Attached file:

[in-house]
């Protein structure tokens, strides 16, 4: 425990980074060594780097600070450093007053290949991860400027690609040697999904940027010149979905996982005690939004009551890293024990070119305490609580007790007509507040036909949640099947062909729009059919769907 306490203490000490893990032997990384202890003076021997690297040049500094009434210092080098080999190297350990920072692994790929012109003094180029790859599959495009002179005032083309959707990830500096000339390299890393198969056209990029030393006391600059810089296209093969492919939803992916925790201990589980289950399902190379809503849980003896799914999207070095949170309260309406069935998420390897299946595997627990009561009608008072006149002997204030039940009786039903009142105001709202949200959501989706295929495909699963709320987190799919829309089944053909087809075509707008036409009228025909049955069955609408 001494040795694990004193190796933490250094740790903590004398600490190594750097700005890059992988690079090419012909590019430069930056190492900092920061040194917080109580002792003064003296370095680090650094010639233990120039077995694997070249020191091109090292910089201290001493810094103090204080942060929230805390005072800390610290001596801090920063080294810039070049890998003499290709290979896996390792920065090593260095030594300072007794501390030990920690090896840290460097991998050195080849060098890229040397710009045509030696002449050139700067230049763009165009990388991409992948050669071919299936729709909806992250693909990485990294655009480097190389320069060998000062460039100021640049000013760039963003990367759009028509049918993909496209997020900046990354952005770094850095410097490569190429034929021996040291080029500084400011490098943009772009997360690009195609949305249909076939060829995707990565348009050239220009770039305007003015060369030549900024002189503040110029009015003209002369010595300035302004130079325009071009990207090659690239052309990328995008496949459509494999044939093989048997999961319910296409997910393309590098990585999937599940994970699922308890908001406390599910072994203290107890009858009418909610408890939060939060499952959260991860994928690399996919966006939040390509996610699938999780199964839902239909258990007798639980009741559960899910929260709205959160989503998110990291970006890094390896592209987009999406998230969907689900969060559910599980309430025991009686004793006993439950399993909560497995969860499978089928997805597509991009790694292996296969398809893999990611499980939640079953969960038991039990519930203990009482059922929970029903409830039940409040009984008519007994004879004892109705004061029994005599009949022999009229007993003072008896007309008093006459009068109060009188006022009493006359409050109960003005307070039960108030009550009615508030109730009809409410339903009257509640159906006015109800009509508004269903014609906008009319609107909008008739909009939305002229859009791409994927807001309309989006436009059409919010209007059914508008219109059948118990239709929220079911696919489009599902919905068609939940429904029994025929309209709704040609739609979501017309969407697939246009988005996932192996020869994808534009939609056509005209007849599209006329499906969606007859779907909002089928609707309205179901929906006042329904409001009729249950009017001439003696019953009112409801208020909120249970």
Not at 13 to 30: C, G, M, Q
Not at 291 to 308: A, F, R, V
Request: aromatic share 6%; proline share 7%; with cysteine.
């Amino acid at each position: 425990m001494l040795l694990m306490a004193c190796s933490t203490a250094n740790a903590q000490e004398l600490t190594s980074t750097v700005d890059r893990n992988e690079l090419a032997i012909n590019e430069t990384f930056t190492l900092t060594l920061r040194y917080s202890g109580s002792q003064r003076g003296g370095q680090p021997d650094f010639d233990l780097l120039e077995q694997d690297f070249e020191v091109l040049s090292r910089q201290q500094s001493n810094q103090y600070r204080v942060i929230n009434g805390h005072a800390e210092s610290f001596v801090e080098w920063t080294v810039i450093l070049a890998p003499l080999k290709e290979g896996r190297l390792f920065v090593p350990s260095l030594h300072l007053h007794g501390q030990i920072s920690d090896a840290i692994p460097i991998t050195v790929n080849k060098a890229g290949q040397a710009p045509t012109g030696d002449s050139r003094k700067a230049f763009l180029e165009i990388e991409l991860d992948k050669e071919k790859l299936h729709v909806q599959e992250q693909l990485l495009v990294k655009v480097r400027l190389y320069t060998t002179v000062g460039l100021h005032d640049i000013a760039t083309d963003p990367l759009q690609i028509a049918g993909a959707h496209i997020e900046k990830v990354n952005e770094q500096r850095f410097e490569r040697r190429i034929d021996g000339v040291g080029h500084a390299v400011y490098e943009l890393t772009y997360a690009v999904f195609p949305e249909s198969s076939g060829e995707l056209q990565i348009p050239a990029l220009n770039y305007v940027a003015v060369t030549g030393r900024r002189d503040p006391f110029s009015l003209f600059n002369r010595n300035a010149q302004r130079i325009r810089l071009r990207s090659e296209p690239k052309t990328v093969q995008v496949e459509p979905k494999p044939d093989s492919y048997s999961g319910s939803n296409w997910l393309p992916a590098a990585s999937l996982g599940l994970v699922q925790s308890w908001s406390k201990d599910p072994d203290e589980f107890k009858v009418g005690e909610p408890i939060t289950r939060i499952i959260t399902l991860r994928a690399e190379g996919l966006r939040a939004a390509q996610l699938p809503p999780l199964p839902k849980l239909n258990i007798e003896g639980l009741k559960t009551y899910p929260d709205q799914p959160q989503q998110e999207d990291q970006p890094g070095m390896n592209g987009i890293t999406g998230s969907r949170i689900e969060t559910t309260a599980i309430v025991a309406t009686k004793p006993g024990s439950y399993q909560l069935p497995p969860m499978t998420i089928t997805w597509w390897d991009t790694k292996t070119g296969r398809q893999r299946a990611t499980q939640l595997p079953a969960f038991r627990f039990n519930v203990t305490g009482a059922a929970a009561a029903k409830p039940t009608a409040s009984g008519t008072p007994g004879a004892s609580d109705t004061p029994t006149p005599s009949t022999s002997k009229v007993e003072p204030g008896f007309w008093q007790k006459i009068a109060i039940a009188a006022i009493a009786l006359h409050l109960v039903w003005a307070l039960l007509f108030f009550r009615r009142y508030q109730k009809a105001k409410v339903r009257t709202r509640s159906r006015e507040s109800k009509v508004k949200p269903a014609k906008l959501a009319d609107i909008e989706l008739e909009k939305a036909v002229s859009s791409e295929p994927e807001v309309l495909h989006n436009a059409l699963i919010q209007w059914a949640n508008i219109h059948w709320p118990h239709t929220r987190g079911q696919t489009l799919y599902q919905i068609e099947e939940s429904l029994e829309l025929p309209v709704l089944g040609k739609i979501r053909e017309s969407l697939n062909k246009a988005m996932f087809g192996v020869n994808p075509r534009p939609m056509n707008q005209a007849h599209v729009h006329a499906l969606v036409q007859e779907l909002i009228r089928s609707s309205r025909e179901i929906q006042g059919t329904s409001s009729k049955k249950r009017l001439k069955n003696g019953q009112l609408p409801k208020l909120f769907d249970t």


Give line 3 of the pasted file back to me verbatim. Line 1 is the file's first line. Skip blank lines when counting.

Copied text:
Not at 13 to 30: C, G, M, Q